Target places where you target shoppers go. Location, location, location. For whatever your industry or product is, research the most popular blogs, online forums, directories, and communities. For more thorough results, check your competitor’s backlinks by reverse-engineering their URL in a tool like MOZ Open Site Explorer.
Ask for opinions in other blogs’ comments sections. There’s a fine line between asking for advice and spamming. Reach out to the community to get their opinions on your site, product, or some content you posted; that’s a justifiable excuse to put your link in the comments section.
Guest blog. Getting your link on popular blogs is always helpful, both for SEO and exposure. If you have any friends in your industry, try exchanging blog posts on each other’s websites. You can even make new article exchange friends on sites like Blogger Link Up and MyBlogGuest.
Even more effective is reaching out to the bigger and more popular sites in your niche, especially if their main purpose is blogging and not eCommerce. It’s okay to send these sites a cold email, like this template from Kalo’s post:
Hello [name of blogger],
I’d like to share my knowledge with other people on the topics of [your topic]. Last few days I’ve been writing an article on [your topic]. I noticed that your readers are interested in [the topic]. I think I can contribute to your blog by talking about the following points:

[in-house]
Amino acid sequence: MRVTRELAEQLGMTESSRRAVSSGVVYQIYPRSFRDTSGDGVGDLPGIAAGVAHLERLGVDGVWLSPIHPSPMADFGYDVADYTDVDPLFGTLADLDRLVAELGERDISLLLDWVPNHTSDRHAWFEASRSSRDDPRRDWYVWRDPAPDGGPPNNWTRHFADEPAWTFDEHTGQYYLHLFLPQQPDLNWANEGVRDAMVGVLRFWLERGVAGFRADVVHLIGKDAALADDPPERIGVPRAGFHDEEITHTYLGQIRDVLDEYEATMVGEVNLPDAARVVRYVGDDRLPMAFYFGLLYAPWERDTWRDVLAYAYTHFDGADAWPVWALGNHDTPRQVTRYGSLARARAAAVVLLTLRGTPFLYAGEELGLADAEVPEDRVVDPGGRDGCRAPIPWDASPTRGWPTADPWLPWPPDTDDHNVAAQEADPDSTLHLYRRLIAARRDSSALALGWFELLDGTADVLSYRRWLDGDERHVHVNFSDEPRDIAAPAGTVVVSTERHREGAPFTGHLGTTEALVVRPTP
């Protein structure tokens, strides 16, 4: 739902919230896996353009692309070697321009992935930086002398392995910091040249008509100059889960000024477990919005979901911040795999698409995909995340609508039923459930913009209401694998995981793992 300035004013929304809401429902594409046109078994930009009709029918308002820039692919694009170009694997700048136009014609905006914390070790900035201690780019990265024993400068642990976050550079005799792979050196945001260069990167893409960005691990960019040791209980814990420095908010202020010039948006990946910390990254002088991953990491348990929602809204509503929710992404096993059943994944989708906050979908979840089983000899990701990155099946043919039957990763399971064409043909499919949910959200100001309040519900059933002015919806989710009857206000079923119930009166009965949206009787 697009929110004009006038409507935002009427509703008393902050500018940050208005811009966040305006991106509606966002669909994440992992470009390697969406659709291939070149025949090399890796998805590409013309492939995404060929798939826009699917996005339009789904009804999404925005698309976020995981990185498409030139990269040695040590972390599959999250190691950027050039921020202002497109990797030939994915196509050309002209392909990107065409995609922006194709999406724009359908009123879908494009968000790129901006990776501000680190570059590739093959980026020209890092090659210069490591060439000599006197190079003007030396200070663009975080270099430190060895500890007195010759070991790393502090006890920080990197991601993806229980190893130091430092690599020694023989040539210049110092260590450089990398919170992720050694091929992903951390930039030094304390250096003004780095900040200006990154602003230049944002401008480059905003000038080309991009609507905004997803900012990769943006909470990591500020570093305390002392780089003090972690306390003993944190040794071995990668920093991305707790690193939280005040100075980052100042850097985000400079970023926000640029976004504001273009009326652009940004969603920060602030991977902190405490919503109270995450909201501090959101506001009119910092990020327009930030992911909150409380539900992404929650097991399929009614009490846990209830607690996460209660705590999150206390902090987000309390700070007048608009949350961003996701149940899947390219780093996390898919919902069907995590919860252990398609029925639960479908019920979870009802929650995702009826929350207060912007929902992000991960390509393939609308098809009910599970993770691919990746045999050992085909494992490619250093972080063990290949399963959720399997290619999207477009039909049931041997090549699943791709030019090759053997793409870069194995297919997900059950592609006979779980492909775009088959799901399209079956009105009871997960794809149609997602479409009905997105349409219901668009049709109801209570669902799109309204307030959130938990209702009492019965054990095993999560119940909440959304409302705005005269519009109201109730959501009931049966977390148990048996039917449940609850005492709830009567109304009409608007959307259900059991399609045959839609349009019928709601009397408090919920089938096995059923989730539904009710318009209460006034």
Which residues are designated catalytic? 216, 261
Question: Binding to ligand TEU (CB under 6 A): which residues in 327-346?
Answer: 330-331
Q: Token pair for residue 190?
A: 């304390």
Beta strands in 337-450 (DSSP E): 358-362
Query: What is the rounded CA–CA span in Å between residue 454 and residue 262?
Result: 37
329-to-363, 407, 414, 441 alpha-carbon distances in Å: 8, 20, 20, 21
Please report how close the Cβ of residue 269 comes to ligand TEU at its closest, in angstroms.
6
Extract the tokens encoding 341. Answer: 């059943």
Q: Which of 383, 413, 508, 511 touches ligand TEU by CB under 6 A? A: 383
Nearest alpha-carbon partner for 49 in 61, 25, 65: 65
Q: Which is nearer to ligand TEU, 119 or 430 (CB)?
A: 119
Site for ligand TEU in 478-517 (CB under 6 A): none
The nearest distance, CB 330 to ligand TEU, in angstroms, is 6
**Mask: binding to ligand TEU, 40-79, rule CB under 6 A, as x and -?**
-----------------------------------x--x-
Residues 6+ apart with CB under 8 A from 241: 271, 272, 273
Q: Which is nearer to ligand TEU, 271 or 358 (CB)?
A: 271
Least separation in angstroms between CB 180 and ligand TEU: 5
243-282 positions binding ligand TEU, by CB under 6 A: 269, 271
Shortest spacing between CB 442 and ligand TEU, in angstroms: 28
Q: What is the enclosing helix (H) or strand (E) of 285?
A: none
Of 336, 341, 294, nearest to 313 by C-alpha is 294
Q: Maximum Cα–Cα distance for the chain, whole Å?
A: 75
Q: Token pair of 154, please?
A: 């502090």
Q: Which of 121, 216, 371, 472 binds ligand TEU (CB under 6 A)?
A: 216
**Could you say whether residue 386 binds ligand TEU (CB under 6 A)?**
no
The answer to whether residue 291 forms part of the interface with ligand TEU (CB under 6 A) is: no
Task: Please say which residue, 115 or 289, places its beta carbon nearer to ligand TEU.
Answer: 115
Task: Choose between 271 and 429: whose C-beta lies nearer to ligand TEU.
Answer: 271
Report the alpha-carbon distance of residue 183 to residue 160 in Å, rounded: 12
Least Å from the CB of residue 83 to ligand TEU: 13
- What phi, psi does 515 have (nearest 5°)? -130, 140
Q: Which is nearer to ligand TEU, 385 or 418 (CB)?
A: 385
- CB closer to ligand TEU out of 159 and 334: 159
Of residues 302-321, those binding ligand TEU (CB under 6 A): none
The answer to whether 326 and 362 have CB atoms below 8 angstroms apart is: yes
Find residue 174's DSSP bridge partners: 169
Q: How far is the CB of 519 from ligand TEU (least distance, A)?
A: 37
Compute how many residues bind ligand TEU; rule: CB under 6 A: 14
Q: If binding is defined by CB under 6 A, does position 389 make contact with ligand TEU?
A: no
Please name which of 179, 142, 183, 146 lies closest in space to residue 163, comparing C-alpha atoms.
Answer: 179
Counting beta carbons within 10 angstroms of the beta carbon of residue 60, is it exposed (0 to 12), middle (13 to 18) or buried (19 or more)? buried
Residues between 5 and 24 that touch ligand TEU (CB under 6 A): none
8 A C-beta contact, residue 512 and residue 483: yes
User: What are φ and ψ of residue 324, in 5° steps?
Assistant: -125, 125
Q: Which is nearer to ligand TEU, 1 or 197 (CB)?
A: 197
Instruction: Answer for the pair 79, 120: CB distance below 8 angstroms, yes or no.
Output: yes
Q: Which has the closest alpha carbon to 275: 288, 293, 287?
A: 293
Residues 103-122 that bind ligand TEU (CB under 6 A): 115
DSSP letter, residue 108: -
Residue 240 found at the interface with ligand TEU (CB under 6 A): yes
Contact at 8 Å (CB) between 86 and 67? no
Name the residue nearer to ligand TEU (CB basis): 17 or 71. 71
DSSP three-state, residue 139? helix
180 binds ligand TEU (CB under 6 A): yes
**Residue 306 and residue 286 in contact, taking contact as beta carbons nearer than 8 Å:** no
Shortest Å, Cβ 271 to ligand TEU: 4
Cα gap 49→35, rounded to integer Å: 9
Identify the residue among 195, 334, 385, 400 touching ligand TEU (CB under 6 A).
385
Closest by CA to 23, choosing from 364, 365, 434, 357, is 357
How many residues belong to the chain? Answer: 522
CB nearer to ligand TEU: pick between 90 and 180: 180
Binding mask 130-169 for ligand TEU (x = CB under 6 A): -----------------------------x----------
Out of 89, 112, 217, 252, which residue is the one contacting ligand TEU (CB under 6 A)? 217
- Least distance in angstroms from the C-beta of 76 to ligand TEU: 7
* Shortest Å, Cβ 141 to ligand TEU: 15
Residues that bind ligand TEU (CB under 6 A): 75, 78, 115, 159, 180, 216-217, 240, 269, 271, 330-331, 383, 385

[A brief list of things you are going to write in your post]
I think this material will be well worth it for your readers, what do you think?
Reclaim brand mentions. If other sites are talking about you already, request a backlink. These 5 free tools can help monitor who’s mentioning your brand, but you can also try a reverse search on your product images.
For more advice on link building, EcomHacker gives 44 expert tactics for eCommerce brands.
We touched on the importance of influencer collaboration in 6 Steps to Improving Your eCommerce Content Strategy, but here we’ll go into a little more detail.
Getting a high-profile influencer to talk about or even share a picture with your brand’s product is more than just exposure — it’s social proof. Leagues of new people (likely your target customers, if they share the same interests as the influencer) will not only discover your product, but they’ll also associate it with the influencer in the future.
Source: Ingrid Nilsen. Instagram.
Here are some strategies for reaching out to influencers and opening up collaborations:Check out some strategies for reaching out to influencers and opening up collaborations. Click To Tweet
Free Gifts. Giving an influencer a free gift (or discount or coupon) is a common tactic for getting them to either review your product or simply showcase it in their social feeds. Just remember, there’s no guarantee here. It is, after all, a gift.
The bigger an influencer is, the more of these gifts they receive. Try to stand out by adding a personal touch. Kalo recommends this format for gift emails:
Hello [blogger’s name],
[A short introduction to you and your store].
I’m approaching you because [rapport creating reason].
I’d like to ask what you think of our store.